The blurb on the front of the book calls it “a romance, a mystery, and an intimate social drama”. The mystery and social drama are easy to see, but the ‘romance’ had me confused most of the way through the book. In the end, I was very satisfied with the direction the story took me.
The ‘mystery’ part of the story was a lot of fun – it had a very definite “Treasure Island” feel to it. Noble was even reading a copy of Treasure Island to his mother, and was reminded of it as he was being forced out to Moose Island by a mysterious man named Spoons – to spend the night shivering in his wet clothes and wonder if he would make it off the island alive.
The sticky mud sucks at his feet in places, threatening to take his shoes…
Historical events and local settings
One of the reasons I read this book was because it was recommended to me by Melanie at The Indextrious Reader for having scenes involving the Halifax Explosion (for my little HE project). The Wind Seller isn’t about the HE, but it does play a part in the story of both Noble and Hetty.
The book also mentions places such as the Halifax Public Gardens, the Halifax Hydrostones, Great Village, Cape Split, Economy, and Five Islands (including the story of the ghost of John Ruff). The characters often go into to Truro, as it is the nearest big town, and they have a conversation right outside of W.B. Murphy’s Confectionary and Ice-Cream Parlour on Prince Street. While driving to Halifax from Kenomee (which takes them nearly 8 hours!), they mention passing through Bass River, Portapique, Stewiacke and Fall River.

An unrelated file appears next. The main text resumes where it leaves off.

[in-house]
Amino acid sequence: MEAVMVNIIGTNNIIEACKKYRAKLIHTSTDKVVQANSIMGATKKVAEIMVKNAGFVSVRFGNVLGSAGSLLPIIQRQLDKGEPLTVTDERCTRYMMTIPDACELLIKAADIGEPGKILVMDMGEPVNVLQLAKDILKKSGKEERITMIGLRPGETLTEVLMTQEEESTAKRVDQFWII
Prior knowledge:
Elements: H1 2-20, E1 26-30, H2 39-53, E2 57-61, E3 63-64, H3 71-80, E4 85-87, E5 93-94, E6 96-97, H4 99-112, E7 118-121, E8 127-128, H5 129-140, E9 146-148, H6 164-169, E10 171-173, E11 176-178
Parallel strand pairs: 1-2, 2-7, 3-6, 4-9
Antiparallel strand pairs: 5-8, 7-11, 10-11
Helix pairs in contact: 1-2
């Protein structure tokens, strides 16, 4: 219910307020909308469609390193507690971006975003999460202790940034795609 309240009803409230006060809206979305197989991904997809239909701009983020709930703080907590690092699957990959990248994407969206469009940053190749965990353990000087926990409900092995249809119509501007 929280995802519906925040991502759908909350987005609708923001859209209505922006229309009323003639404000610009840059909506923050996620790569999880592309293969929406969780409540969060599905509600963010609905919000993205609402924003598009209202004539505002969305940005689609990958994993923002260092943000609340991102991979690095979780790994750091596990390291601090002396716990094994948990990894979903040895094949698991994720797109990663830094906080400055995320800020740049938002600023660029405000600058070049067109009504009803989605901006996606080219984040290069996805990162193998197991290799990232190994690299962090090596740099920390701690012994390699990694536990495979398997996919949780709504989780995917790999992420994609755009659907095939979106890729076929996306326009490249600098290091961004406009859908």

So with historical tie-ins to WWI, the Halifax Explosion, rum-running, and local historical details and settings between Five Islands and Halifax, NS – as well as a good story – this book was a winning combination for me.
The Bay of Fundy tides…
For Hetty there is something sublime about stepping across land that six hours hence will be submerged under forty feet of water, maybe fifty today with the spring tide. Watching its movement both soothes her spirit and feeds her restlessness. It has something to do with the way the water oscillates between one end of the Bay of Fundy and the other, as if a gigantic whale flipped its tail, as the Mi’kmaq legend goes, the outgoing tide never quite making it all the way out but forever being met by the waters rushing in, forcing the sea back through the funnel-shaped basin. And it has something to do with the cloudy red of the water, never clear because of the tide scrubbing against the red cliffs, wearing them down. Tinged with blood, Hetty thinks, the warning is in the colour. For the Minas Basin water is as dangerous as it is fascinating. Never the same twice, and, at this distance from the whirlpools and the roaring seas at Cape Split, never what it seems. In places currents run so strong and deep they can wrench apart a fishing vessel. The tide moves swiftly, rising the height of a man in an hour, and fog glides down the basin in deadly silence, turning people out beachcombing or clam digging around. Drownings are common. But such danger Hetty can respect, removed as it is from the seedy and unpredictable violence of people.
Further Reading and watching:
A little tour of Cape Spilt, NS, which sticks out into the Minas Basin.